For instance, the average consumer that buys a dwelling will buy at least two dwellings in their economic lifetime.4 A single $10,000 purchasing or financing mistake on one of those purchases over the course of a 30 year-fixed mortgage actually costs the consumer $17,000 rather than the $10,000 figure we use. Most consumers have financed their mortgage mistakes. If a $10,000 mistake is financed at 4% interest for 30 years, the cost of that mistake is $17,000.
We also tried to use real-world scenarios. Take our coffee example. A coffee lover isn't going to give up coffee and drink water or give up a regular visit to a gourmet coffee shop. But that coffee lover might switch from the most expensive designer concoction to a lesser expensive cup. We therefore used Starbucks (not the most expensive coffee chain) as our coffee standard, and compared their designer coffee prices to their most popular standard coffee.
FoolProof then used generally accepted studies or article sources to determine "wasted" sums of money. Determining how much a person has wasted isn't a science. But dozens of articles and studies give us a good idea about the potential waste inherent in most transactions.
For instance, our waste figures in the carbuying transaction are based on five purchases (even though most data shows consumers buy 6-7 vehicles). We've combined the waste from several parts of the car transaction to come up with a reasonable total: the purchase price of the vehicle; the value of a trade-in, the cost of add-ons such as extended warranties, the cost of financing, the cost of unnecessary repairs. We've used discovery data from class action lawsuits to determine total waste amounts in these various areas.5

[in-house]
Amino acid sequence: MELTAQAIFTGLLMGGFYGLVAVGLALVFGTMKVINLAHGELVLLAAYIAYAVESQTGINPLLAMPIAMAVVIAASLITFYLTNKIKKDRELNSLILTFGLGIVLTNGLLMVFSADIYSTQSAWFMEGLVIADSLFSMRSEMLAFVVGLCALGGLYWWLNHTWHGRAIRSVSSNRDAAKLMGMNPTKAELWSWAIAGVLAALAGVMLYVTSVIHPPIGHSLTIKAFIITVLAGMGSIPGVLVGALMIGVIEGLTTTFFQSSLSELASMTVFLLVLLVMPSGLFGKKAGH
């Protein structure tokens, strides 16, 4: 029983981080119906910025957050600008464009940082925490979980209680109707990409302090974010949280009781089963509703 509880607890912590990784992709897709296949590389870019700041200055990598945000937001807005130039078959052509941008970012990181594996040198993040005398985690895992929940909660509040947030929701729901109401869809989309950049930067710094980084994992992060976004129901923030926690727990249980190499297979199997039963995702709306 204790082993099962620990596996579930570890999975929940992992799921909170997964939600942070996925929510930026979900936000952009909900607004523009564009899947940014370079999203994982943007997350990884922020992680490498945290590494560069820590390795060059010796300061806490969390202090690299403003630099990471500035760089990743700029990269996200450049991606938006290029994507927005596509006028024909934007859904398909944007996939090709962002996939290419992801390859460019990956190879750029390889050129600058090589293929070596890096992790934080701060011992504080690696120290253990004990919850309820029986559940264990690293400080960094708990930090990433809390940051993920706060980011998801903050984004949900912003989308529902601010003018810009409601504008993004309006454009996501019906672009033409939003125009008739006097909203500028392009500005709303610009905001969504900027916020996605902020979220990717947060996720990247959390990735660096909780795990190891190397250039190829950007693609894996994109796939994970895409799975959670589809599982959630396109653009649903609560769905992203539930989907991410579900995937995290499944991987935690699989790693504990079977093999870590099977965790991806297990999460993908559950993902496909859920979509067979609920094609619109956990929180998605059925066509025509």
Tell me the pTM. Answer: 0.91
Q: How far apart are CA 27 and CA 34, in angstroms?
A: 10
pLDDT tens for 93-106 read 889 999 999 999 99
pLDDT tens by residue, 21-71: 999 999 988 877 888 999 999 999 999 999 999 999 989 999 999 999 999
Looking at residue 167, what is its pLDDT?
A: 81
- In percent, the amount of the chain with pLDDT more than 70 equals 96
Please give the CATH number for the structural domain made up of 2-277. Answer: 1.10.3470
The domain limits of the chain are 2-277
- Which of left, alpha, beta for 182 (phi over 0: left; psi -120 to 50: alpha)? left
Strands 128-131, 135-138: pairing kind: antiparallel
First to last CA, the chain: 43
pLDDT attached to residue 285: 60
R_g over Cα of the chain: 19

We had fun developing figures for expenses like "movie night." Here's how we determined the movie figures. We used movie websites to determine the average in-theatre costs. The average cost for two tickets, two drinks, and large buttered popcorn is $38.55. Based on 8.5 movies a year, the average person in their economic lifetime (44 years) would spend $14.417 for 374 nights out. Cutting your theatre visits to 4.5 would lower your expenditure to $7,632.90.
The cost of renting a movie and making your own popcorn and providing your own drinks for four movie nights a year at home would be (believe it or not) $461.12.
We're assuming you paid $1.30 for the movie. You paid 50 cents per bag for popcorn (you can get a ten-pack for about $5.00) you paid 25 cents per drink (you can generally get a 12-pack of pop for $5.00.) Total savings? About $6300. Priceless.
In determining our half-million dollar figure, we reviewed over a hundred studies and articles on the costs related to bad money decisions. Here are a portion of those sources. The complete list will be posted on the site shortly.
Including mortgage or rent; utilities; insurances and upkeep/maintenance.
The cost of new clothes, dry cleaning expenses, etc.
Movies, outings, vacations.
Haircuts, salon fees, etc.
2 Dozens of studies and articles show this, but here's a quick summary in the Los Angeles Times .
5 We used cases whose discovery materials are available to the Consumer Task Force for Automotive Issues.